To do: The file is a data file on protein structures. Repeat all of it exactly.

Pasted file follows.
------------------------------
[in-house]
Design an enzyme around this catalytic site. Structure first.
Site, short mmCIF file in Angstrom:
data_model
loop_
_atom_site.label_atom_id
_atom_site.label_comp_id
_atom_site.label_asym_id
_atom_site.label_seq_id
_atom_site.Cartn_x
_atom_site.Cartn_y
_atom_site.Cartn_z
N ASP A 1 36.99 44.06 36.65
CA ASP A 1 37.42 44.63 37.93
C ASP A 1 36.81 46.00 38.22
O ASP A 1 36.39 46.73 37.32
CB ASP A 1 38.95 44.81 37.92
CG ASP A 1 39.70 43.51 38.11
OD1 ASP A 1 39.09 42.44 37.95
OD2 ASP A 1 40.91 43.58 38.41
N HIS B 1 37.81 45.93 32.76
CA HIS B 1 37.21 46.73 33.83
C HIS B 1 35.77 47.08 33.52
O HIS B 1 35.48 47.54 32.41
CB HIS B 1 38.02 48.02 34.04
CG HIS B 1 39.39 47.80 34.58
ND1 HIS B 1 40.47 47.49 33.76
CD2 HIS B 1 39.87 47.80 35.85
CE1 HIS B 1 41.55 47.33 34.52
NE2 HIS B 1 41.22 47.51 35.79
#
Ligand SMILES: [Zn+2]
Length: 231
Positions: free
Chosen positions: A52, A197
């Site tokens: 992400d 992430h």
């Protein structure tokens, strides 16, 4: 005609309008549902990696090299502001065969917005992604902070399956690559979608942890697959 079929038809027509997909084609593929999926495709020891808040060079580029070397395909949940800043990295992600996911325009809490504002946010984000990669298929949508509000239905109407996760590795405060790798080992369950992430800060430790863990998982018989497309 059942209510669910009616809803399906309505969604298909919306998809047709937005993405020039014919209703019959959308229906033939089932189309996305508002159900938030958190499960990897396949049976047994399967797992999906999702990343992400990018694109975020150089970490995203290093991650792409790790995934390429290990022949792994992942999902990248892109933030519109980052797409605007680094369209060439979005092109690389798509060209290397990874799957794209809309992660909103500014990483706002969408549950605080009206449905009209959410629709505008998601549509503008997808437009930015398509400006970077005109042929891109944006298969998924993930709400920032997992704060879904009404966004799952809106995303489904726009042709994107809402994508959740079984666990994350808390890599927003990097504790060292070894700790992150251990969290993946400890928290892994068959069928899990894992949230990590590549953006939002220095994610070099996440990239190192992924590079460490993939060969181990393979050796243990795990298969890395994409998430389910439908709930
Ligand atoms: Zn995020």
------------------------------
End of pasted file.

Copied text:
[in-house]
Design an enzyme around this catalytic site. Structure first.
Site, short mmCIF file in Angstrom:
data_model
loop_
_atom_site.label_atom_id
_atom_site.label_comp_id
_atom_site.label_asym_id
_atom_site.label_seq_id
_atom_site.Cartn_x
_atom_site.Cartn_y
_atom_site.Cartn_z
N ASP A 1 36.99 44.06 36.65
CA ASP A 1 37.42 44.63 37.93
C ASP A 1 36.81 46.00 38.22
O ASP A 1 36.39 46.73 37.32
CB ASP A 1 38.95 44.81 37.92
CG ASP A 1 39.70 43.51 38.11
OD1 ASP A 1 39.09 42.44 37.95
OD2 ASP A 1 40.91 43.58 38.41
N HIS B 1 37.81 45.93 32.76
CA HIS B 1 37.21 46.73 33.83
C HIS B 1 35.77 47.08 33.52
O HIS B 1 35.48 47.54 32.41
CB HIS B 1 38.02 48.02 34.04
CG HIS B 1 39.39 47.80 34.58
ND1 HIS B 1 40.47 47.49 33.76
CD2 HIS B 1 39.87 47.80 35.85
CE1 HIS B 1 41.55 47.33 34.52
NE2 HIS B 1 41.22 47.51 35.79
#
Ligand SMILES: [Zn+2]
Length: 231
Positions: free
Chosen positions: A52, A197
């Site tokens: 992400d 992430h």
């Protein structure tokens, strides 16, 4: 005609309008549902990696090299502001065969917005992604902070399956690559979608942890697959 079929038809027509997909084609593929999926495709020891808040060079580029070397395909949940800043990295992600996911325009809490504002946010984000990669298929949508509000239905109407996760590795405060790798080992369950992430800060430790863990998982018989497309 059942209510669910009616809803399906309505969604298909919306998809047709937005993405020039014919209703019959959308229906033939089932189309996305508002159900938030958190499960990897396949049976047994399967797992999906999702990343992400990018694109975020150089970490995203290093991650792409790790995934390429290990022949792994992942999902990248892109933030519109980052797409605007680094369209060439979005092109690389798509060209290397990874799957794209809309992660909103500014990483706002969408549950605080009206449905009209959410629709505008998601549509503008997808437009930015398509400006970077005109042929891109944006298969998924993930709400920032997992704060879904009404966004799952809106995303489904726009042709994107809402994508959740079984666990994350808390890599927003990097504790060292070894700790992150251990969290993946400890928290892994068959069928899990894992949230990590590549953006939002220095994610070099996440990239190192992924590079460490993939060969181990393979050796243990795990298969890395994409998430389910439908709930
Ligand atoms: Zn995020």